“I believe that rendering of useful service is the common duty of mankind and that only in the purifying fire of sacrifice is the dross of selfishness consumed and the greatness of the human soul set free.”
~John D. Rockefeller, Jr.
(Service is #8 of his family’s 10 principles that he shared with the United Services Organizations, New York, 8 July 1941)
When I was the training director of a local search & rescue team I interacted regularly with the new, probationary members. Even though they couldn’t go on real searches for real missing people yet, they were often privy to how the searches ended; the good AND the bad endings.
Often hearing the macabre details of a search was enough to change their mind about participating which saved us all a great deal of time and wasted effort.
Then there were the two hard chargers that just couldn’t get enough. One of their questions caught me off guard: “why do people do this (i.e. search in cold, dark woods for a decomposing body)?”
“Because if you can, you should.”
And while I pulled that out of my keister back then, I believe it more than ever now.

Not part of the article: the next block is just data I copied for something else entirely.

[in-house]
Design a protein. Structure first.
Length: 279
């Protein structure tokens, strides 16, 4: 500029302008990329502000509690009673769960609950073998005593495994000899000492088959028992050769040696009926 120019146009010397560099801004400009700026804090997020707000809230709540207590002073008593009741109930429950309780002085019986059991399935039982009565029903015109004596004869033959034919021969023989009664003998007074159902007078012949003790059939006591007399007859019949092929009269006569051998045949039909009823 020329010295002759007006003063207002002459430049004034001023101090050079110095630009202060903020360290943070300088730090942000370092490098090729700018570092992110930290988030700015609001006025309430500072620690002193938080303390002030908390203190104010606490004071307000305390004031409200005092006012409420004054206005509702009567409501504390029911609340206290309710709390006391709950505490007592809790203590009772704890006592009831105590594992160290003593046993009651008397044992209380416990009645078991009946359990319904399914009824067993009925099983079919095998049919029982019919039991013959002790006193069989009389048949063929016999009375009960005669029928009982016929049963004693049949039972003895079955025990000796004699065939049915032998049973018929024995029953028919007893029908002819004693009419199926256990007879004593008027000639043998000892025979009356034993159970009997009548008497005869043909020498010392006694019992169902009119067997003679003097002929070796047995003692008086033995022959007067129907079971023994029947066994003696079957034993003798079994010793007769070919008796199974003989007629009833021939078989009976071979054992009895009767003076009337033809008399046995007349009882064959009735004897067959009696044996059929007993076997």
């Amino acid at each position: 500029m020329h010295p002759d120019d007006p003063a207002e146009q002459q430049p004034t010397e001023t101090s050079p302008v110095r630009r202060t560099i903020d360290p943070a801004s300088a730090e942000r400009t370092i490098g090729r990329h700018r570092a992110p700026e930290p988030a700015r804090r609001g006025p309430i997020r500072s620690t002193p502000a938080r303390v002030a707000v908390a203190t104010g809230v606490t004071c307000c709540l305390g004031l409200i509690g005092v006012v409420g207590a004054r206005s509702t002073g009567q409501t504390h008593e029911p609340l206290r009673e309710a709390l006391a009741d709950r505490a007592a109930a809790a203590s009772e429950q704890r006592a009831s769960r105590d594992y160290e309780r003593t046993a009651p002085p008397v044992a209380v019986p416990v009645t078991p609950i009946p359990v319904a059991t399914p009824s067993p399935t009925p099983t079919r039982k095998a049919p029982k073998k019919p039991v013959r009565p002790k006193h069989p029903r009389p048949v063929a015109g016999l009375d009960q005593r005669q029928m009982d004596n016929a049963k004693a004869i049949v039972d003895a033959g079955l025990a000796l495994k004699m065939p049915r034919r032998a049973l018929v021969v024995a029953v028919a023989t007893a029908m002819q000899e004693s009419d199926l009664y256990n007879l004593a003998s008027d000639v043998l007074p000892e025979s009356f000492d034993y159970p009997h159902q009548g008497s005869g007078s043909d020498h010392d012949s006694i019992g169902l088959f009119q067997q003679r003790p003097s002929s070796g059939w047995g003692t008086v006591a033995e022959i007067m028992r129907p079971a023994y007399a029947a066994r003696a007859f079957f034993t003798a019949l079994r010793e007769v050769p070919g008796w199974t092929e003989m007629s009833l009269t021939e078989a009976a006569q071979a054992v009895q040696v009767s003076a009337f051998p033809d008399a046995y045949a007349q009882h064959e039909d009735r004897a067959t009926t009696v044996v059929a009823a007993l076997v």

There have been a couple of separate instances recently that made me revisit this statement. In brief, there are some people I share an orbit with that are second guessing their role in their chosen profession.
My consult usually first addresses resiliency, well-oriented objectives, improvement and so on … but hard jobs sometimes also require hardened people before the other needs can be met.
And even the hardest among us benefit from revisiting why we do things.
For me, I usually find that an outward expression of service to something bigger than me helps to center me (red wine and chocolate has been known to do the same!).
Whether you’re ruminating over your role or whether you’re just trying to be a little better at something today than you were yesterday … you no doubt do something real, something effective and something that not a lot of other people can do quite like you.
In your idle moments I’d challenge you to identify a few of those activities and measure them against Rockefeller’s eloquent credo or through my simple one. You might find that nudge you need to do more of one thing or less of something else.
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